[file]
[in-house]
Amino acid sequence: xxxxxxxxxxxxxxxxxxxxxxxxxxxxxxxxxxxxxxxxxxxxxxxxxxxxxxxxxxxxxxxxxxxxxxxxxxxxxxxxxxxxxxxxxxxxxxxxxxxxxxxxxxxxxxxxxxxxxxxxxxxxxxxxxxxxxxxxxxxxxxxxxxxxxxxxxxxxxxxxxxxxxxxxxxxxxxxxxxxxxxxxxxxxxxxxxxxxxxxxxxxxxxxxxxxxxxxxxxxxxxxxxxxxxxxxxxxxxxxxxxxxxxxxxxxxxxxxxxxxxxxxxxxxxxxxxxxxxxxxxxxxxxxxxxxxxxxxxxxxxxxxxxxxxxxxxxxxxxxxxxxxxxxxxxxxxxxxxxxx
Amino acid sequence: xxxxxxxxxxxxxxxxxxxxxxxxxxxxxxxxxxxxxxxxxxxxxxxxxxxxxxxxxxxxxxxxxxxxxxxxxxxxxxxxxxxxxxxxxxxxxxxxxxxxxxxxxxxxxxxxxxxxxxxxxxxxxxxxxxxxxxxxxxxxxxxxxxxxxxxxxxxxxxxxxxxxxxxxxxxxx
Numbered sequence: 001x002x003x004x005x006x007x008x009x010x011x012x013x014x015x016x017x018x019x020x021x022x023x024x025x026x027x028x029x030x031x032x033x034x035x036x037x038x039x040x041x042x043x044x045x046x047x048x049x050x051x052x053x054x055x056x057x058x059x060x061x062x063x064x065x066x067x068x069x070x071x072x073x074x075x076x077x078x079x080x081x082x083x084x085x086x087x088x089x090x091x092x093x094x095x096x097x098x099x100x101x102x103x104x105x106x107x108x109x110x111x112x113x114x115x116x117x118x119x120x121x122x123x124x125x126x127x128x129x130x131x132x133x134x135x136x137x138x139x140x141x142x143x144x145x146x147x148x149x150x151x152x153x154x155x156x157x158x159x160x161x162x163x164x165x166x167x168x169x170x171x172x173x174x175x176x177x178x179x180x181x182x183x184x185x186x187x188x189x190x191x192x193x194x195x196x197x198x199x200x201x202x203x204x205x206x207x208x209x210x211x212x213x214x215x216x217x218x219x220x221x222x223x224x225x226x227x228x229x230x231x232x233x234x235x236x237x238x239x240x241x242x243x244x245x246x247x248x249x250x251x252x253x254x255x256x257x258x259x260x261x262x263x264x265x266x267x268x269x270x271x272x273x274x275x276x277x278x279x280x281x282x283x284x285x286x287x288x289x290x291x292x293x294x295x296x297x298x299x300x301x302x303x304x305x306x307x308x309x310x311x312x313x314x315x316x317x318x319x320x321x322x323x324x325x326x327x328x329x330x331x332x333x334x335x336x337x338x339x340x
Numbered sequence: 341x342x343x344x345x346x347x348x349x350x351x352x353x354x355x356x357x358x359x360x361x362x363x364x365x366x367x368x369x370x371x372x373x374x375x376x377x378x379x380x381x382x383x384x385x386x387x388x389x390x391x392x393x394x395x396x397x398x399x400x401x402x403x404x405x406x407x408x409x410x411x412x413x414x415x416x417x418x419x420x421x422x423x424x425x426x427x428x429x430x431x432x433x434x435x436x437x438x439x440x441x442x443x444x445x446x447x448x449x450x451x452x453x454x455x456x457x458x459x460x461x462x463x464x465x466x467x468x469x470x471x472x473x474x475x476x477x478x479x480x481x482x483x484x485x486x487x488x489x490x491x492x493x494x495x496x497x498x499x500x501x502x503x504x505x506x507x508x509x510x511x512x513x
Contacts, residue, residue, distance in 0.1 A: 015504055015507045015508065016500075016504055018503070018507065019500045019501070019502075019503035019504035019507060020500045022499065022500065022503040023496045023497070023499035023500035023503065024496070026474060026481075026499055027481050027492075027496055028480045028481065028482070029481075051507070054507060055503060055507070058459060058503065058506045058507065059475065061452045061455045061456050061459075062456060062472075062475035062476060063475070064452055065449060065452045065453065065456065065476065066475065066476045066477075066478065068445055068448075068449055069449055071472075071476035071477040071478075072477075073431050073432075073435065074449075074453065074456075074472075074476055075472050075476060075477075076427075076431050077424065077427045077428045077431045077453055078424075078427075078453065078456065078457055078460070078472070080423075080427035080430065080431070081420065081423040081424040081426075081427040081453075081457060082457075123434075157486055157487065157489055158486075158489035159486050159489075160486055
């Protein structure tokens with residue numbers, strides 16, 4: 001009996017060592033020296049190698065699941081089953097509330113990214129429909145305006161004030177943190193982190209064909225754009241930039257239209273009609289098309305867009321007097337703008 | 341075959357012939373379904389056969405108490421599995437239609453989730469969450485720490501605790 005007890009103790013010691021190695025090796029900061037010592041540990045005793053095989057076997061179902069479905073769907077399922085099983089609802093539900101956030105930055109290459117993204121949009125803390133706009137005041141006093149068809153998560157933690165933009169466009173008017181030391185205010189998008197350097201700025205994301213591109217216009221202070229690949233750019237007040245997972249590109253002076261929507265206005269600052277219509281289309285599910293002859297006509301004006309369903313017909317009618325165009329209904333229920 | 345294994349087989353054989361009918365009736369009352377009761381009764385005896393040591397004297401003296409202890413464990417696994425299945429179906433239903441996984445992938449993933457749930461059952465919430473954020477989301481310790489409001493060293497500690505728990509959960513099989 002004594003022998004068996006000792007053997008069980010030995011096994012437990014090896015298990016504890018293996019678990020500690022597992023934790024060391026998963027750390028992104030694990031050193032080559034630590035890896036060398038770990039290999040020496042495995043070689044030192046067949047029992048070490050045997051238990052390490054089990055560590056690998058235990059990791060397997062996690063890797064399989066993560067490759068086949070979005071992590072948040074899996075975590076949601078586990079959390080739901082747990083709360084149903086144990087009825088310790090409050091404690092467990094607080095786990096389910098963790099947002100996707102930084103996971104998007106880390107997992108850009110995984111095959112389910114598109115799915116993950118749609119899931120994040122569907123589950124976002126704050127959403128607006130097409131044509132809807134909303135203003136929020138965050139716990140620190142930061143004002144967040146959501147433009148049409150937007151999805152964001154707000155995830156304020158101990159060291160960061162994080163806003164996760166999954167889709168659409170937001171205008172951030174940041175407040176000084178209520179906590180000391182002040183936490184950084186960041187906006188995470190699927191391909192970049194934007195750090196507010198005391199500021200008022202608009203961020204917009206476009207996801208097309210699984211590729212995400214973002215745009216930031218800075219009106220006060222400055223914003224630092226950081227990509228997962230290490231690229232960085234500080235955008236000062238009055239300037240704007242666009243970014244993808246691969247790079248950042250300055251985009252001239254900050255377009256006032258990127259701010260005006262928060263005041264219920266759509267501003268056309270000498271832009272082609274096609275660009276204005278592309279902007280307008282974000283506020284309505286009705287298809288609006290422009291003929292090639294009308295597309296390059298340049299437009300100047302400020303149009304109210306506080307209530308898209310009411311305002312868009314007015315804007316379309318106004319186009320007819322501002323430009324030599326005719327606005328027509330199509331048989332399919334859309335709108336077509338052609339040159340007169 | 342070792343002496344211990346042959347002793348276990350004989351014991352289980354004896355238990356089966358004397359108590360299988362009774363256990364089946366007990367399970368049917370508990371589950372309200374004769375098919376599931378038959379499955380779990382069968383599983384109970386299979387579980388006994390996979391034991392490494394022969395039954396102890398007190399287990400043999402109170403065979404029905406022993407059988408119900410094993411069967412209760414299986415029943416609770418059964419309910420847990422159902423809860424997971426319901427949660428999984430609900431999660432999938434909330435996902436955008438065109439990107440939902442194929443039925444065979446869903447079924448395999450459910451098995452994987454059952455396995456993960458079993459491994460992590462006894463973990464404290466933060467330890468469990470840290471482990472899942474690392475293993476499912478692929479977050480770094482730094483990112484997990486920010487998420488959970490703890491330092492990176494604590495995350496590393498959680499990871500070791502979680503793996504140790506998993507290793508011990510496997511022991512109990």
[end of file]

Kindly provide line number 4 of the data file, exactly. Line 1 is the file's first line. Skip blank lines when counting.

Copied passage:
Numbered sequence: 001x002x003x004x005x006x007x008x009x010x011x012x013x014x015x016x017x018x019x020x021x022x023x024x025x026x027x028x029x030x031x032x033x034x035x036x037x038x039x040x041x042x043x044x045x046x047x048x049x050x051x052x053x054x055x056x057x058x059x060x061x062x063x064x065x066x067x068x069x070x071x072x073x074x075x076x077x078x079x080x081x082x083x084x085x086x087x088x089x090x091x092x093x094x095x096x097x098x099x100x101x102x103x104x105x106x107x108x109x110x111x112x113x114x115x116x117x118x119x120x121x122x123x124x125x126x127x128x129x130x131x132x133x134x135x136x137x138x139x140x141x142x143x144x145x146x147x148x149x150x151x152x153x154x155x156x157x158x159x160x161x162x163x164x165x166x167x168x169x170x171x172x173x174x175x176x177x178x179x180x181x182x183x184x185x186x187x188x189x190x191x192x193x194x195x196x197x198x199x200x201x202x203x204x205x206x207x208x209x210x211x212x213x214x215x216x217x218x219x220x221x222x223x224x225x226x227x228x229x230x231x232x233x234x235x236x237x238x239x240x241x242x243x244x245x246x247x248x249x250x251x252x253x254x255x256x257x258x259x260x261x262x263x264x265x266x267x268x269x270x271x272x273x274x275x276x277x278x279x280x281x282x283x284x285x286x287x288x289x290x291x292x293x294x295x296x297x298x299x300x301x302x303x304x305x306x307x308x309x310x311x312x313x314x315x316x317x318x319x320x321x322x323x324x325x326x327x328x329x330x331x332x333x334x335x336x337x338x339x340x